Most of the honesty plants which will flower at this time next year have already appeared. I went looking for them in the garden so as to show them to you; there were more of them than I had realised, but it was hard to find any that were perfect, and if you can’t find perfection in spring, when can you? Slugs and snails had already got to them, in spite of the dry weather. Slugs can destroy tiny seedlings before you’ve even noticed they were there. If you have enough seedlings some will survive, and half eaten ones will grow on.
I wanted to show you the seed leaves, but they’re gone, except for a fragment on the right. Seed leaves are different from ‘true’ leaves. This plant has appeared in a little rock garden. Not the best place, but I might leave it because most of the dainty things I plant there die anyway.
While looking for honesty seedlings I was surprised by how much the eryngiums have grown in the last few days….
This is another brilliant biennial. These germinated last year and developed a deep, stout tap-root whilst still looking insignificant. They disappear altogether in winter. When I first grew them I thought they had died. (Some plants leave the remains of withered shoots, or a few scrappy leaves, but this eryngium leaves no trace.) Reappearing modestly in spring, by July they look like this:
(Euphorbia ceratocarpa in the back ground.) As the flower head grows the whole plant becomes prickly, steely. Bees love it. The dead plant holds its seeds well into the winter. The thorny bracts (encircling the flower head) keep their shape. It’s a plant with a well-known story. Its nickname is Miss Willmott’s ghost; she was a friend of Gertrude Jekyll in the late 19th century and a big fan of this plant. When she visited other people’s gardens she took seeds of it in her pockets and scattered them unnoticed so that the next year the flowers appeared unannounced. It’s called ‘giganteum’ not because it becomes huge, but for the actual flower heads. Here it is with friends:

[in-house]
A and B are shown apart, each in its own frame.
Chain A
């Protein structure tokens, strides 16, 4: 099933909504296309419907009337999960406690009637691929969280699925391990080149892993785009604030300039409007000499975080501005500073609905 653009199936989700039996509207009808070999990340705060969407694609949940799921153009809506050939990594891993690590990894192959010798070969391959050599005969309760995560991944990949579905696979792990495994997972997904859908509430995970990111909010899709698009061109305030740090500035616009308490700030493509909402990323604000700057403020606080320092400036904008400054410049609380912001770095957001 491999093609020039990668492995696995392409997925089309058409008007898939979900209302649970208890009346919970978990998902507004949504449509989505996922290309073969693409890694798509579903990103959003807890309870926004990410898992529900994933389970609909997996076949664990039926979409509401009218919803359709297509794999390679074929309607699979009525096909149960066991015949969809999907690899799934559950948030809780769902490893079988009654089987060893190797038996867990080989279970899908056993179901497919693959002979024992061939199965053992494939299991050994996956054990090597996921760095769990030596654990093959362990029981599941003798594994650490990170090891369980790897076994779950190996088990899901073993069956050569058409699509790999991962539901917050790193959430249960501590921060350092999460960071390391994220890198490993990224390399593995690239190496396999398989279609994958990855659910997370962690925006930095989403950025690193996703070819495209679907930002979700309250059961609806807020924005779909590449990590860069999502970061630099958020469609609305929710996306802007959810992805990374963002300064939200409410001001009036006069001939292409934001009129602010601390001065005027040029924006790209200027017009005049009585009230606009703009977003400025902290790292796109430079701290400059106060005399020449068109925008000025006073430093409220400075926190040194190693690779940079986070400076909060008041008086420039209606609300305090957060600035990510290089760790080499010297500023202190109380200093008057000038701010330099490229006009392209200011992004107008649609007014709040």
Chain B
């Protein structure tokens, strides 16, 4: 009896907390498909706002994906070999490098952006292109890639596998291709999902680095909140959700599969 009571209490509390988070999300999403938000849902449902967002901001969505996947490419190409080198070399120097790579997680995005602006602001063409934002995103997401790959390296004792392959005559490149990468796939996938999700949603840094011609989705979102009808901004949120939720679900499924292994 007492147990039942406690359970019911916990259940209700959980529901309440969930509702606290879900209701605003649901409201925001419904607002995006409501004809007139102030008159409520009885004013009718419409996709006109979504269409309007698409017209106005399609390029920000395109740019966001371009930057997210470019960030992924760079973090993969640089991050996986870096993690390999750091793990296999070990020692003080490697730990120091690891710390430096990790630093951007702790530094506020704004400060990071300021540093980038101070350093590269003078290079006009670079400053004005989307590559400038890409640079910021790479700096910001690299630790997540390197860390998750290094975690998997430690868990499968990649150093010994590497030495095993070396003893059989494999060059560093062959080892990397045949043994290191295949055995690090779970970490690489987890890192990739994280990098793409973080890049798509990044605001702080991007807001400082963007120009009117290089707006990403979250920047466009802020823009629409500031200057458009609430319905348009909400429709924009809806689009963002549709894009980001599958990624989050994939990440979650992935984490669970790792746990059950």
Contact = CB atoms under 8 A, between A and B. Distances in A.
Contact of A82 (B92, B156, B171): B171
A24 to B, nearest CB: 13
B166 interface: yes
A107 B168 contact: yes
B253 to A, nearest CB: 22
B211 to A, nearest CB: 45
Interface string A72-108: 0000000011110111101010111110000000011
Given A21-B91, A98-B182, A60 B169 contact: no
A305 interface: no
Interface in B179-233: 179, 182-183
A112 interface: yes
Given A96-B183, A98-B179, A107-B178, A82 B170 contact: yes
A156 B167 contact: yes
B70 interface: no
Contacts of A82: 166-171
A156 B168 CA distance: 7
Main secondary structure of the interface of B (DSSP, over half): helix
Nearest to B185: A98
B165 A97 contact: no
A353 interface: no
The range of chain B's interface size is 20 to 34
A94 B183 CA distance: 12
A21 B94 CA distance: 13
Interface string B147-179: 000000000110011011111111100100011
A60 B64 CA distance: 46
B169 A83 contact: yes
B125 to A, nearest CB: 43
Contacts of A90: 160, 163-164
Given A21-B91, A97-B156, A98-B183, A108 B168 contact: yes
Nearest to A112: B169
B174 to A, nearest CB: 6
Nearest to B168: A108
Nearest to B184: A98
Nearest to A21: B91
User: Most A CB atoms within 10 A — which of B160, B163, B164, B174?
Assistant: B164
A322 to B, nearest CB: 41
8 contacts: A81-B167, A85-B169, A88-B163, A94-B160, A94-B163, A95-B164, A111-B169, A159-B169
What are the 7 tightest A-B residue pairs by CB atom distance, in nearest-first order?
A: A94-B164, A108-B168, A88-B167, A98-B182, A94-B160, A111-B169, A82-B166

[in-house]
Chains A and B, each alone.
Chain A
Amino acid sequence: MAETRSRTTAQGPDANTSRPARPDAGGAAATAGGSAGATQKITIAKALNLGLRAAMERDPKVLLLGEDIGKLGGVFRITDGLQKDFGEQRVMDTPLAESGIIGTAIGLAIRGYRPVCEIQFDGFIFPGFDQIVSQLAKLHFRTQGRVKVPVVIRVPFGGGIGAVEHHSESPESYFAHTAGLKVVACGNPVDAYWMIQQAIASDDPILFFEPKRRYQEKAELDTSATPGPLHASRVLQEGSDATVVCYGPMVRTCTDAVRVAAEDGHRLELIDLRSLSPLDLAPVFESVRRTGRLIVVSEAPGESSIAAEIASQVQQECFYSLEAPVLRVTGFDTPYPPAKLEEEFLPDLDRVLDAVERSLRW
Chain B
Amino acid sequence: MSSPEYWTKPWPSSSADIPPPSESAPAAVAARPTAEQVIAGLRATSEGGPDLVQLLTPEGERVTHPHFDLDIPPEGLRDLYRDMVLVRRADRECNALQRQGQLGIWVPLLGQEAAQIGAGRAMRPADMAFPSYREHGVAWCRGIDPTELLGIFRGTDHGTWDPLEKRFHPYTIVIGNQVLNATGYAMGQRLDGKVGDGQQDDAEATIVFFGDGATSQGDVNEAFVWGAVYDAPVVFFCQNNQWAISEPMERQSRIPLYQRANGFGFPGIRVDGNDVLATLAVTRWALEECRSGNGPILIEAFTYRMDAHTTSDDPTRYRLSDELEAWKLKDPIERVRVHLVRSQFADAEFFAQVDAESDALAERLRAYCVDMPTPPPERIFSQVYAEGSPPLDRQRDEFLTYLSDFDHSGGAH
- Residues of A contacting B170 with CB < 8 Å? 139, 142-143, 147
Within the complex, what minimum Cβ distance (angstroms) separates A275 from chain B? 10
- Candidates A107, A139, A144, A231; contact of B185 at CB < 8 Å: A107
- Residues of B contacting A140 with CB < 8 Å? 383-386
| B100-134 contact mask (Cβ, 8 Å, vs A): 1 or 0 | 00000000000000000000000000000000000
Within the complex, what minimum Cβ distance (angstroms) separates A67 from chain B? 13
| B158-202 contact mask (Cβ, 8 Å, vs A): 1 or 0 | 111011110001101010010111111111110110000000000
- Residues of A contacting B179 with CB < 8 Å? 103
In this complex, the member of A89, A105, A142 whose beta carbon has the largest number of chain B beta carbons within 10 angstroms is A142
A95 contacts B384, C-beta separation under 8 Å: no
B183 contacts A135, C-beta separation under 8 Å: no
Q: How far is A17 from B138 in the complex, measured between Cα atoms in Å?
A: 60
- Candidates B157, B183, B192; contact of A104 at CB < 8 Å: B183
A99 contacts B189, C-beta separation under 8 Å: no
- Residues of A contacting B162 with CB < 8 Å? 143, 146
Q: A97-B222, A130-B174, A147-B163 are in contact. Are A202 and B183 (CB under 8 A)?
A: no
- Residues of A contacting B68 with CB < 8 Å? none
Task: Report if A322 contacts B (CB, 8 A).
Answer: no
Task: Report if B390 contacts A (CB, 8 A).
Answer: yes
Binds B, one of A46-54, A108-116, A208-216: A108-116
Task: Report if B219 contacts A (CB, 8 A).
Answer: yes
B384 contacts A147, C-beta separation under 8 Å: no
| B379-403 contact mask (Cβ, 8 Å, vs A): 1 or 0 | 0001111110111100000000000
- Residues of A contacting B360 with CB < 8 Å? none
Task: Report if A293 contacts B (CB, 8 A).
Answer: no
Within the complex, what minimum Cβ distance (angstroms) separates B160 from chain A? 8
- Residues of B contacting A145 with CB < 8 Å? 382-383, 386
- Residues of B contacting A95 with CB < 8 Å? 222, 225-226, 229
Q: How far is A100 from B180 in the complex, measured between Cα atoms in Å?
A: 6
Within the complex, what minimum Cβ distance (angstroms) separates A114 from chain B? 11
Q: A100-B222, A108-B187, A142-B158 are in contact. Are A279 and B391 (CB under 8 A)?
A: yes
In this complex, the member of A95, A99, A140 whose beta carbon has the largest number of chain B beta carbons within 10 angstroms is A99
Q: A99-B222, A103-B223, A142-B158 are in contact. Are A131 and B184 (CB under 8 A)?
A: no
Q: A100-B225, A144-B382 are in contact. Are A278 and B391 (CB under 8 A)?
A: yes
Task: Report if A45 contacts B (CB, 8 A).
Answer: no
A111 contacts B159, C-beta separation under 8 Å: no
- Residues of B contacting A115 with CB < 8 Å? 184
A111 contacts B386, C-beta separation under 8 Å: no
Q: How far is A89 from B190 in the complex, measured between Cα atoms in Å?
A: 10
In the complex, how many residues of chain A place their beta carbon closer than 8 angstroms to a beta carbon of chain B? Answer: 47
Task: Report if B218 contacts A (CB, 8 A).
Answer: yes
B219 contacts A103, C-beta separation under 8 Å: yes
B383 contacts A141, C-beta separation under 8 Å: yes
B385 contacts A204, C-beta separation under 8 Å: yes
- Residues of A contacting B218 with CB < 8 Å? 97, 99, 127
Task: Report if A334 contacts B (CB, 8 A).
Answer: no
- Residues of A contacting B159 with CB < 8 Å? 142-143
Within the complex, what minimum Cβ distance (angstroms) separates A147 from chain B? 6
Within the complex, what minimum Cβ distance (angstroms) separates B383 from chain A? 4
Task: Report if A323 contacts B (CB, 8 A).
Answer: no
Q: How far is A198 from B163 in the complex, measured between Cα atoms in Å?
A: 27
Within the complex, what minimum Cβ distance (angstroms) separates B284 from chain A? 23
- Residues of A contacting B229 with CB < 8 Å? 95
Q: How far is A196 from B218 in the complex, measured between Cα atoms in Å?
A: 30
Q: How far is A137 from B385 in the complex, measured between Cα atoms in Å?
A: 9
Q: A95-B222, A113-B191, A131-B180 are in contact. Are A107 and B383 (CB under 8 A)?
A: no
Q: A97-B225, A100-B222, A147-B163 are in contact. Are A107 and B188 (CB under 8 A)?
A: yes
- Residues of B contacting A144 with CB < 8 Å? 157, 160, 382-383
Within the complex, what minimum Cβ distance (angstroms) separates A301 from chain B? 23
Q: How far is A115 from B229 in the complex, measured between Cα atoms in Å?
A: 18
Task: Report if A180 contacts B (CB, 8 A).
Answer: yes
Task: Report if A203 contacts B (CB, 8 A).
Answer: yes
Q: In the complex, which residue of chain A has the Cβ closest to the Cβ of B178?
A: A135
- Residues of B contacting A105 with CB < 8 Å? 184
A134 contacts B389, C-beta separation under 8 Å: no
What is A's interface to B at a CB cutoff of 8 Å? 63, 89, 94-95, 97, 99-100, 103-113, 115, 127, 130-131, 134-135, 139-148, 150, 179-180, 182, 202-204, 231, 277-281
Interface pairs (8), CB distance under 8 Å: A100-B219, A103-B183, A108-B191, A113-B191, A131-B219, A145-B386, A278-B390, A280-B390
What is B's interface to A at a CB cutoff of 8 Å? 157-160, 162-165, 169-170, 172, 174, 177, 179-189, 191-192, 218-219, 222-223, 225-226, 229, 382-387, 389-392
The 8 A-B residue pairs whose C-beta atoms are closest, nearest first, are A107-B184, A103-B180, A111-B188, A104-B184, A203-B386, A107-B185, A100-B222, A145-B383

And this photo was taken in December, inside. The bracts are perfect while the flower head is shrunken:
Being a biennial Eryngium giganteum is very hard to find in garden centres. And it doesn’t like to be in a pot for long; it needs to send its roots down deep. If you visit St John’s churchyard in Waterloo in late autumn or winter, you will find thousands and thousands of seeds. Maybe millions. We haven’t counted. Seeds germinate in May, as I remember.
A tip: thinking again about the nibbled honesty… after all this dry weather there are a lot of hungry slugs and snails out there. The first day it rains, go out with a torch in the evening and you will find loads of them. I generally tread on them. Don’t just throw them next door. It’s un-neighbourly and anyway, they’ll probably come back. Beer traps work well, they like even the cheapest lager.